FBI Reports Self-driving cars could be ‘lethal weapons’

It's only fair to share...Tweet about this on TwitterShare on FacebookShare on Google+

Report says autonomous technology could benefit criminals.

Almost everybody welcomes new technology, and the latest on the horizon is self-driving cars. This new vehicle technology is already being tested in Nevada and California. It is believed that self-driving cars not only would lead to driver convenience but reduce accidents and collision repair. Unfortunately, it could also lead to unintended consequences. One of these, according to a recent FBI report, is the potential for criminals and terrorists to abuse autonomous cars to more easily do their dirty work.

In the unclassified but restricted report obtained by British newspaper The Guardian, the FBI said “the risk that distraction or poor judgment leading to collision that stems from manual operation would be substantially reduced” by self-driving cars. And it added that autonomous technology could be approved by the U.S. government within five to seven years, there by reducing injury and insurance claims.

But while the FBI believes that self-driving cars “will make mobility more efficient,” it said in the report that the technology “will also open up greater possibilities … for a car to be more of a potential lethal weapon.” It predicted that “bad actors will be able to conduct tasks that require use of both hands or taking one’s eyes off the road, which would be impossible today.”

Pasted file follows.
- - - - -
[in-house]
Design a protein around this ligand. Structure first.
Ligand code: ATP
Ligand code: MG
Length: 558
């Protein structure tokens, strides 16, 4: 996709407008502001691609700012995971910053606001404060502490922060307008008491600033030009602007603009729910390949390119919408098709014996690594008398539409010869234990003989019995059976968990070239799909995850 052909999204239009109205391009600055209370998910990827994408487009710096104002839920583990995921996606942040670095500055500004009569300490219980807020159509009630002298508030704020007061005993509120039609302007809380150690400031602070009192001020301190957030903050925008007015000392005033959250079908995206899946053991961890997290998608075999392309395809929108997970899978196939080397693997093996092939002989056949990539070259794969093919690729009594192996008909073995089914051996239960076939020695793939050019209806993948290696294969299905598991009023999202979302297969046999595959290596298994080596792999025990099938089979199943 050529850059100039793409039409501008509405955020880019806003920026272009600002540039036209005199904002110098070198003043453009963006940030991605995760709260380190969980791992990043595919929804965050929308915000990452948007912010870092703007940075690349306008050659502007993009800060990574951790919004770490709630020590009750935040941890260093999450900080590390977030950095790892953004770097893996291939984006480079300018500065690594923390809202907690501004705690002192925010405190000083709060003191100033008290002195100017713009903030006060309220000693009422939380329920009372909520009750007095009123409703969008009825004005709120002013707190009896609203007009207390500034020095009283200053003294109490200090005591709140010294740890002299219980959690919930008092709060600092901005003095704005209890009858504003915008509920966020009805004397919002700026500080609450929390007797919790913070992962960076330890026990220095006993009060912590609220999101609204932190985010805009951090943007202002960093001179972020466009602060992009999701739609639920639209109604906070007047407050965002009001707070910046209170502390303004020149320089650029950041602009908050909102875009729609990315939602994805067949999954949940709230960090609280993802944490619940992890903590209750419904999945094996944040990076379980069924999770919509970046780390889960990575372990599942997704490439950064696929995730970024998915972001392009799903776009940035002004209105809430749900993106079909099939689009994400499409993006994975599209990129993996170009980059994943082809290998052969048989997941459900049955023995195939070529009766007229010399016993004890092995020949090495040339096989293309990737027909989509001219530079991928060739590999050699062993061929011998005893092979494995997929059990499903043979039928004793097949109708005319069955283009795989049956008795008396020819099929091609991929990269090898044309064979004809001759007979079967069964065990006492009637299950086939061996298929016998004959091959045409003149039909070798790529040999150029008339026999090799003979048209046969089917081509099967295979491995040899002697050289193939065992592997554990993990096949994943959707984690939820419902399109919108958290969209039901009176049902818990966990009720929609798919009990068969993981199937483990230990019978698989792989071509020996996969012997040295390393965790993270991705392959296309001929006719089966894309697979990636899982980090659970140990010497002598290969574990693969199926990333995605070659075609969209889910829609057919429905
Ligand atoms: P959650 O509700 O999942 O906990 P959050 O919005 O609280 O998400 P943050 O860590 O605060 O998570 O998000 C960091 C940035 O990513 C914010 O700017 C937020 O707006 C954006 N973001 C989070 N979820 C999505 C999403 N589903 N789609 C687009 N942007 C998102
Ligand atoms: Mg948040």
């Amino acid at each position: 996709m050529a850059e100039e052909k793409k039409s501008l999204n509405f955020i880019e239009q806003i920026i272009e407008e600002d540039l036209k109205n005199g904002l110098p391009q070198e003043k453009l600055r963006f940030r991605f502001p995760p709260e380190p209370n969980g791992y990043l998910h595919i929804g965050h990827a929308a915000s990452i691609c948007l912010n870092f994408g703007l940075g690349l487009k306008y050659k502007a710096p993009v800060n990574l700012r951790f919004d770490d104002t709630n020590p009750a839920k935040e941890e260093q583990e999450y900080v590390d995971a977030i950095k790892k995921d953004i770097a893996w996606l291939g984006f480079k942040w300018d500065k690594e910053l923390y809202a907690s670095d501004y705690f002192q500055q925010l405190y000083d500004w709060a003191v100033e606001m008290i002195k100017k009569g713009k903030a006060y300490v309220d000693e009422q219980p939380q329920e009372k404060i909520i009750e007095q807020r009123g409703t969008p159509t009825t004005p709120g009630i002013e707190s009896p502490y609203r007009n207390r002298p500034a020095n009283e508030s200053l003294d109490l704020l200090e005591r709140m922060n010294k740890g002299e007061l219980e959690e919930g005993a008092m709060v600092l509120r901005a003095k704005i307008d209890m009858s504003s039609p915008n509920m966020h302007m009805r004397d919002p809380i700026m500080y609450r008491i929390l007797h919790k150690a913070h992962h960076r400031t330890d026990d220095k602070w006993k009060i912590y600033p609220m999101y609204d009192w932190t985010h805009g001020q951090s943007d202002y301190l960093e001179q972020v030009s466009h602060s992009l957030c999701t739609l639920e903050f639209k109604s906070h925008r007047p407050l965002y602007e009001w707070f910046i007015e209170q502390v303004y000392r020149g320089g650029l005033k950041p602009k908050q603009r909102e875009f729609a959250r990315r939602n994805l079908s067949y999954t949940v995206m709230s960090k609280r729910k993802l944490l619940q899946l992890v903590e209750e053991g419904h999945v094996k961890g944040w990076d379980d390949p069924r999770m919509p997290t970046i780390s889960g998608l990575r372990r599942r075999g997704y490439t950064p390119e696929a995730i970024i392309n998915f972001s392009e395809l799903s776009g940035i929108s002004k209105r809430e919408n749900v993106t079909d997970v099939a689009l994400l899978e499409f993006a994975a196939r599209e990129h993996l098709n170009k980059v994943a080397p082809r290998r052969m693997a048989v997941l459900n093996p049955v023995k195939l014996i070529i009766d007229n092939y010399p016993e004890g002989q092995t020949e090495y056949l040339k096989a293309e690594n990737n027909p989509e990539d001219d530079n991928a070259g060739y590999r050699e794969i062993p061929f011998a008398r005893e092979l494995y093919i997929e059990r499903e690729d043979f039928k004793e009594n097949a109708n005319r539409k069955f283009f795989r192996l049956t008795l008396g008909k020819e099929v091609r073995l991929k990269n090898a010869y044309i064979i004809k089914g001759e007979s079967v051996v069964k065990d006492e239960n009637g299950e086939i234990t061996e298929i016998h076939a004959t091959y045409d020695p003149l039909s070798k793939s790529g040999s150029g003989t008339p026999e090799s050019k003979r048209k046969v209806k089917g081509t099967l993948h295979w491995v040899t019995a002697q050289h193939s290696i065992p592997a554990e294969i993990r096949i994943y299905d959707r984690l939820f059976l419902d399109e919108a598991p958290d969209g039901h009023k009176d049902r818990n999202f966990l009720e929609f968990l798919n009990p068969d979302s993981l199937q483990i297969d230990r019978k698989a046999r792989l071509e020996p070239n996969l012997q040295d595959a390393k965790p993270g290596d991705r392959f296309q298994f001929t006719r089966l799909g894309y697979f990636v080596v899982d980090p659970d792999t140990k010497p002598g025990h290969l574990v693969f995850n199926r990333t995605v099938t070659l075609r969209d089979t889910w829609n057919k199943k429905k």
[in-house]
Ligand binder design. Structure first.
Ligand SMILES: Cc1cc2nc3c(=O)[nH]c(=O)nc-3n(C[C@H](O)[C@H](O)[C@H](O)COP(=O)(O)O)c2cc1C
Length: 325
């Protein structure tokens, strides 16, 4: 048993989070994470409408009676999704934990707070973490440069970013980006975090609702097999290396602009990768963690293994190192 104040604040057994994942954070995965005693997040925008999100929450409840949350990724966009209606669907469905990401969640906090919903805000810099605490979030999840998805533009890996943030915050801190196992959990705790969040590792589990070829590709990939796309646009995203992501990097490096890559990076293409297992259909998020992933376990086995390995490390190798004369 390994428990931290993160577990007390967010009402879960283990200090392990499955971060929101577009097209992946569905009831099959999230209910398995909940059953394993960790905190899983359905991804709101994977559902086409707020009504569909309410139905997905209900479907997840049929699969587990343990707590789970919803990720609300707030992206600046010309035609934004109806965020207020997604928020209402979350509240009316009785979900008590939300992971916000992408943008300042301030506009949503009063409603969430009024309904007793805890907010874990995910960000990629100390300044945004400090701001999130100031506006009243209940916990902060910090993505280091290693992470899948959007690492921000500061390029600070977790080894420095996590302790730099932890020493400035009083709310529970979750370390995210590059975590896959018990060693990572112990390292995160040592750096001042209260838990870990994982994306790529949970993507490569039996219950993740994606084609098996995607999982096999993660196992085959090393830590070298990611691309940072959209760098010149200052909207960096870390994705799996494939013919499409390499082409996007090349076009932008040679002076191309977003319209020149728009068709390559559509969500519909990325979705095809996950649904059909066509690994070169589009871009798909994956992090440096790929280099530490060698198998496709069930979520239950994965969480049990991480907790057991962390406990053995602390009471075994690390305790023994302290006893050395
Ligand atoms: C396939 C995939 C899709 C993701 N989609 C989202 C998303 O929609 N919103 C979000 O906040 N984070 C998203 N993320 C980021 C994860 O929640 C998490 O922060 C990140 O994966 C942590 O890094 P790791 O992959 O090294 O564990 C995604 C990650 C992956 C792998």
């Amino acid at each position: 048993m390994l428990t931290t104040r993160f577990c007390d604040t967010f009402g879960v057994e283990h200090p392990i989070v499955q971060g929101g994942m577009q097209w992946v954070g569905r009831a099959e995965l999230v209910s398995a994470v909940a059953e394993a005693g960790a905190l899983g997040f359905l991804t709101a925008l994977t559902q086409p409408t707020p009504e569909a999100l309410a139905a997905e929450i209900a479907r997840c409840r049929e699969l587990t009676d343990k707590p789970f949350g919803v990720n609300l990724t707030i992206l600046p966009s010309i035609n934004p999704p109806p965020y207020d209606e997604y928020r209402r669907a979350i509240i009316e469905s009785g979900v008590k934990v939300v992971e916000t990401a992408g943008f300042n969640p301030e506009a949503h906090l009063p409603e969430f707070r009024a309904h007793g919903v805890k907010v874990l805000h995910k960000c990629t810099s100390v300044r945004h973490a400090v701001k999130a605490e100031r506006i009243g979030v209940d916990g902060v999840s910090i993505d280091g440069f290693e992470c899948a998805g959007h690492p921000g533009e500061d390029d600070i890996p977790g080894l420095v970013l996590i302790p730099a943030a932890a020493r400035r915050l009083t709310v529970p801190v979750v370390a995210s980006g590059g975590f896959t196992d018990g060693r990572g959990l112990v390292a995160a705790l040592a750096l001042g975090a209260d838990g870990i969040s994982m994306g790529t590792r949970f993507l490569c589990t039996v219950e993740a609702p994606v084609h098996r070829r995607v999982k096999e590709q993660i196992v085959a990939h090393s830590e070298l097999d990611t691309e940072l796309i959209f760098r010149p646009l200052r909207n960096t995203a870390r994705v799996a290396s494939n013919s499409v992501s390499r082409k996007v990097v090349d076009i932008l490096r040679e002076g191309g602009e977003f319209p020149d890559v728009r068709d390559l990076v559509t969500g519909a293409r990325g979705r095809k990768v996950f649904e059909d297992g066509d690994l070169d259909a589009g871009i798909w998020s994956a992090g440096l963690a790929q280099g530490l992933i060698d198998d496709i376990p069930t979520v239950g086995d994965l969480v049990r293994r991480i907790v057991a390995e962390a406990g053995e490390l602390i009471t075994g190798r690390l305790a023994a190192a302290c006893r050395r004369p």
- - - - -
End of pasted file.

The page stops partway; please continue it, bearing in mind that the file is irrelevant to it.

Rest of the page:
This could range from criminals firing guns at police in pursuit without the need for a separate getaway driver to terrorists programming self-driving car bombs. But the FBI believes that autonomous cars will also help the good guys and that the technology “will have a high impact on transforming what both law enforcement and its adversaries can operationally do with a car.”

“Surveillance will be made more effective and easier, with less of a chance that a patrol car will lose sight of a target vehicle,” the report said. “In addition, algorithms can control the distance that the patrol car is behind the target to avoid detection or intentionally have a patrol car make opposite turns at intersections, yet successfully meet up at later points with the target.”

The reported information noted that self-driving cars might also be able to “optimize” three-point turns and other maneuvers so that law enforcement isn’t delayed when pursuing a suspect or heading to a crime scene, it added that “autonomous cars would likely face many hardships with evasive driving or car chases.”

For now, Arizona does not have any self-driving vehicles on the road, Airpark Collision Center encourages everyone to follow the rules of the road and drive safe!

Menu